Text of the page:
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NAACP: Where are the judges?

Official criticizes senators on judicial nominees.


NAACP CRITIC: Dale Charles, NAACP president, wants black judicial nominees.
  • NAACP CRITIC: Dale Charles, NAACP president, wants black judicial nominees.

WASHINGTON — The president of the Arkansas chapter of the NAACP says African-American voters should think twice before giving a vote to incumbent Sen. Blanche Lincoln in the May 18 Democratic Primary.

Lincoln and Sen. Mark Pryor, also a Democrat, apparently don't care about having additional black federal judges in Arkansas, Dale Charles of Little Rock charged in a telephone interview.

No blacks have been nominated for any of the four judicial openings available in Arkansas since Obama took office in January 2009. The two nominations that have been made involved white males. The failure of senators to submit names of additional black lawyers suggests they take the black vote for granted, Charles said.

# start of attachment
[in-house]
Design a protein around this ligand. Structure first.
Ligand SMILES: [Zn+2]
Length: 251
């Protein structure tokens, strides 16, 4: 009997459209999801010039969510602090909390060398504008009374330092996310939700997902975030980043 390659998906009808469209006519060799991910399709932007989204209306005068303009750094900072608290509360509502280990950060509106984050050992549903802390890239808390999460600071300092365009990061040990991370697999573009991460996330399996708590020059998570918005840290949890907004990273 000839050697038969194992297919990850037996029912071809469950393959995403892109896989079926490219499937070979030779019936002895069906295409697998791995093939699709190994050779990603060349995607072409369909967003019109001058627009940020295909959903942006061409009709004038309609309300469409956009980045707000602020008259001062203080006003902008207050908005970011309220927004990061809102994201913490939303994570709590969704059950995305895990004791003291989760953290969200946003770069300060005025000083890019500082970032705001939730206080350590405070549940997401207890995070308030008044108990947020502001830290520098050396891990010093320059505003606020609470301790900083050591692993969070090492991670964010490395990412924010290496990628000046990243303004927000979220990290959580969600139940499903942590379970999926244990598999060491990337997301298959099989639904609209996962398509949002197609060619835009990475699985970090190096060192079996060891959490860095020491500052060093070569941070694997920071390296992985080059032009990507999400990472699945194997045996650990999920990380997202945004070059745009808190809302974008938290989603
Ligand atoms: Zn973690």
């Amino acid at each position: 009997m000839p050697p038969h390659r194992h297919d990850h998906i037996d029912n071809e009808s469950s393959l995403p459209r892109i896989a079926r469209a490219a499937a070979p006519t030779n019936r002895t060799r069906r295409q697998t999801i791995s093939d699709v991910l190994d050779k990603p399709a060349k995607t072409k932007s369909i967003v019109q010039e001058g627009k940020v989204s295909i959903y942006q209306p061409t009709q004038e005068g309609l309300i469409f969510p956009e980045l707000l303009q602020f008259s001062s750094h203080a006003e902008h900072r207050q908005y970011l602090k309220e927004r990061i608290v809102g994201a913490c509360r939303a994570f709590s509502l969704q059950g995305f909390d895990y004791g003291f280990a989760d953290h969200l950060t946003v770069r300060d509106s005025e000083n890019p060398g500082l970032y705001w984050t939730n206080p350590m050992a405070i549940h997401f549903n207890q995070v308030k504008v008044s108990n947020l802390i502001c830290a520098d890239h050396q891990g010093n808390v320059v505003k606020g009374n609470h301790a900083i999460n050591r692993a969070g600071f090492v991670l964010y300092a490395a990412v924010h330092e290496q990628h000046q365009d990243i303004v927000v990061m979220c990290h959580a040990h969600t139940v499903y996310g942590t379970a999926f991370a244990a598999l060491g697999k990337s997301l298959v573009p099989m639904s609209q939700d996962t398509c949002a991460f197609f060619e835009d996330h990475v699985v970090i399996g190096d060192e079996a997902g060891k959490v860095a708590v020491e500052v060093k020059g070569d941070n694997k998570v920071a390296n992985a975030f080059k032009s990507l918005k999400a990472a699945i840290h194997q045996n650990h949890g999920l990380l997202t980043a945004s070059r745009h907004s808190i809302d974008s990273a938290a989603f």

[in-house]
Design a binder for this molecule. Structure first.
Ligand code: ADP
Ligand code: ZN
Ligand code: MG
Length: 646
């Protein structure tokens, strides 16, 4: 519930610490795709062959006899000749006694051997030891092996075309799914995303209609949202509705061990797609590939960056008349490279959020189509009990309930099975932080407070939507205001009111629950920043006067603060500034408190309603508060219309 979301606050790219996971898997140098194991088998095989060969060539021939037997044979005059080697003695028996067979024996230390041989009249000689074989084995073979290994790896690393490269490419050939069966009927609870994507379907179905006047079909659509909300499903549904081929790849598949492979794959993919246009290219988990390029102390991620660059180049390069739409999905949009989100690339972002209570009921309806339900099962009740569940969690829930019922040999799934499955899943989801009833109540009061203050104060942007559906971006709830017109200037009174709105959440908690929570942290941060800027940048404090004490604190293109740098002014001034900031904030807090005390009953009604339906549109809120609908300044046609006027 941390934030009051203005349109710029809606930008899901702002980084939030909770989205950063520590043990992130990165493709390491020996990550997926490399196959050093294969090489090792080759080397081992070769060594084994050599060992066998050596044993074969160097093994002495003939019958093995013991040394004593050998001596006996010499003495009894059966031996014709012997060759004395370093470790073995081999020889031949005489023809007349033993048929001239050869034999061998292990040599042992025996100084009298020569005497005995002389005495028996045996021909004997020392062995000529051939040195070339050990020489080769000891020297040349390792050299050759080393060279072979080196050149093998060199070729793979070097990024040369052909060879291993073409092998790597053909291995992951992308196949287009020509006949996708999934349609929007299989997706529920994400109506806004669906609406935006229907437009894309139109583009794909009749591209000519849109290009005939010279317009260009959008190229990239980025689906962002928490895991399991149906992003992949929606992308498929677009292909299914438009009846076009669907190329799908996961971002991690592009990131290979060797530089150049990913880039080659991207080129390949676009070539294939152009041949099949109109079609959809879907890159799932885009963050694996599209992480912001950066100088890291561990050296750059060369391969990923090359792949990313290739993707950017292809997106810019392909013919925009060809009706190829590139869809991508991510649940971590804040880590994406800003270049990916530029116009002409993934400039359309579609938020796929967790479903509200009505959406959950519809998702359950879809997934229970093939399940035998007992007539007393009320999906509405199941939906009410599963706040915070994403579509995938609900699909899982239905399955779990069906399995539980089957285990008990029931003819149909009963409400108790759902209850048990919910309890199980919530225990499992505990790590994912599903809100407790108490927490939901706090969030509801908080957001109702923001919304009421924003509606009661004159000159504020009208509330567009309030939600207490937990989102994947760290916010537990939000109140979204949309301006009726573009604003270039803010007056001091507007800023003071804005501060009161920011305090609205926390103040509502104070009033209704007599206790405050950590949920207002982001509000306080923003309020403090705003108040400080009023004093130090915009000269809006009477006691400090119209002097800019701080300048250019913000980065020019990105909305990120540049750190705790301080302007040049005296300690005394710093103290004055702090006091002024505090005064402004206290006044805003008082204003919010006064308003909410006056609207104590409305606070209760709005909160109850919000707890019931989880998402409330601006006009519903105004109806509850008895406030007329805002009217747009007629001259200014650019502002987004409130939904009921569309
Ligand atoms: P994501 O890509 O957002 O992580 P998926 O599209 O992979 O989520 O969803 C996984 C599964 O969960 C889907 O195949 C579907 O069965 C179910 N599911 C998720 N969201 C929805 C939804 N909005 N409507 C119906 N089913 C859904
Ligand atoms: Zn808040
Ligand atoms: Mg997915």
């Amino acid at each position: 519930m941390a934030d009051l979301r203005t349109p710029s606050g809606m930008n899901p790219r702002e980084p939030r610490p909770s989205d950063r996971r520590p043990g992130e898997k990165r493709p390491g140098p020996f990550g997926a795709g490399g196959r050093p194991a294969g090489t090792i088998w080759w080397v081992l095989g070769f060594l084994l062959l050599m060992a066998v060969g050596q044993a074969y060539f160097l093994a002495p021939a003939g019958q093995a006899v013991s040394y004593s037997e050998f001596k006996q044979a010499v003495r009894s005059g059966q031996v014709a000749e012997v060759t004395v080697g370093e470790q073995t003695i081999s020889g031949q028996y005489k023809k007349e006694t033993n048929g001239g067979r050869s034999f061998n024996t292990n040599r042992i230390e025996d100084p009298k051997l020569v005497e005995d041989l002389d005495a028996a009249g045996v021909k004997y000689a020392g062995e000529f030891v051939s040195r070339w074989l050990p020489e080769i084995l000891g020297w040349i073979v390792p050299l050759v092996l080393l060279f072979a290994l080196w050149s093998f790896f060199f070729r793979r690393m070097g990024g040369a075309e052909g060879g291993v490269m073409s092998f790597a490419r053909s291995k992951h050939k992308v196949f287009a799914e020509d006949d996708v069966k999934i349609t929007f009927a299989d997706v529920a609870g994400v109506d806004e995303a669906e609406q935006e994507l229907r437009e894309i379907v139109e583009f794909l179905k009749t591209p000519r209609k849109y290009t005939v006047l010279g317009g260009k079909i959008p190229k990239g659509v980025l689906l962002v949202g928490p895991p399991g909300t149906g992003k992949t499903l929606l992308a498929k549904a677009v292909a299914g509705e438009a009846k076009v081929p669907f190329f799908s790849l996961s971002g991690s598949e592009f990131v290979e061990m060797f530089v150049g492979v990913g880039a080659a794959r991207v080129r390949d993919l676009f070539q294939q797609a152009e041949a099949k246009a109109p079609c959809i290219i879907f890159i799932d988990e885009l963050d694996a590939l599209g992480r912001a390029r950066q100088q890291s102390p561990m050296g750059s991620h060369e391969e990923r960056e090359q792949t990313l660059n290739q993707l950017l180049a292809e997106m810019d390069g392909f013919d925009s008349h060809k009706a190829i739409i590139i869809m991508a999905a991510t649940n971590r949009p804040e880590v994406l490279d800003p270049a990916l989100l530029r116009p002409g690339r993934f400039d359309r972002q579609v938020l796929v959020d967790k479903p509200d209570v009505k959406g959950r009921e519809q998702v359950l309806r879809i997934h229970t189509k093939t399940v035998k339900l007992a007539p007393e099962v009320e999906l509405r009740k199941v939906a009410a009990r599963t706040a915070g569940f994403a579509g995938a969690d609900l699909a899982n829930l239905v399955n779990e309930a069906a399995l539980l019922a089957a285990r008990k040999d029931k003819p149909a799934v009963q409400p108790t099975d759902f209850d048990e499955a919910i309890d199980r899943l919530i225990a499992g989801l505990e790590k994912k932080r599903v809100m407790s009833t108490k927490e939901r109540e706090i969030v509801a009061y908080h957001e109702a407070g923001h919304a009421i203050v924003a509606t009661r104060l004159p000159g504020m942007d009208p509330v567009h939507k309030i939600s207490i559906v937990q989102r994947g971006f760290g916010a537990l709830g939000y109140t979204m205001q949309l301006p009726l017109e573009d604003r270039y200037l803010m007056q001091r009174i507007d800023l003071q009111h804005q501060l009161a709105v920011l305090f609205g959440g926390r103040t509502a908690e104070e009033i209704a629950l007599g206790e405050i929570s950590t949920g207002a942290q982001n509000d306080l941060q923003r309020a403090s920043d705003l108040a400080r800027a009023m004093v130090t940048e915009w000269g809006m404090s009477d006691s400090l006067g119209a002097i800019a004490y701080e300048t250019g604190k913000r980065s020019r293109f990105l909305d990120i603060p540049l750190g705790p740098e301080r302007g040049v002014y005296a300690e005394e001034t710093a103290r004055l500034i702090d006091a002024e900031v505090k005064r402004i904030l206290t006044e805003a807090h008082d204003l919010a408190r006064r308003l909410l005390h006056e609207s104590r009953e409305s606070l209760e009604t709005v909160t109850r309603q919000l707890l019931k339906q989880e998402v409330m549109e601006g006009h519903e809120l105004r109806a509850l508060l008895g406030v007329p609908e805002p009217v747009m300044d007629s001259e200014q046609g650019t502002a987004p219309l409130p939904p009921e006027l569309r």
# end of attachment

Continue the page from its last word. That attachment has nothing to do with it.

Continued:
“The issue is still on the table,” he emphasized. “The NAACP is very upset with Senator Pryor and Senator Lincoln.”

Currently Arkansas has one black federal judge, Brian Miller in the Eastern District. Miller was appointed in April 2008 after Republican Rep. John Boozman suggested his name to former President George W. Bush.

When Democrats regained control of the White House in January 2009 under President Obama, it became the prerogative of the state's two Democratic senators to submit candidates for federal judgeships to the administration. Lincoln and Pryor initially submitted nine names as candidates but none was African American.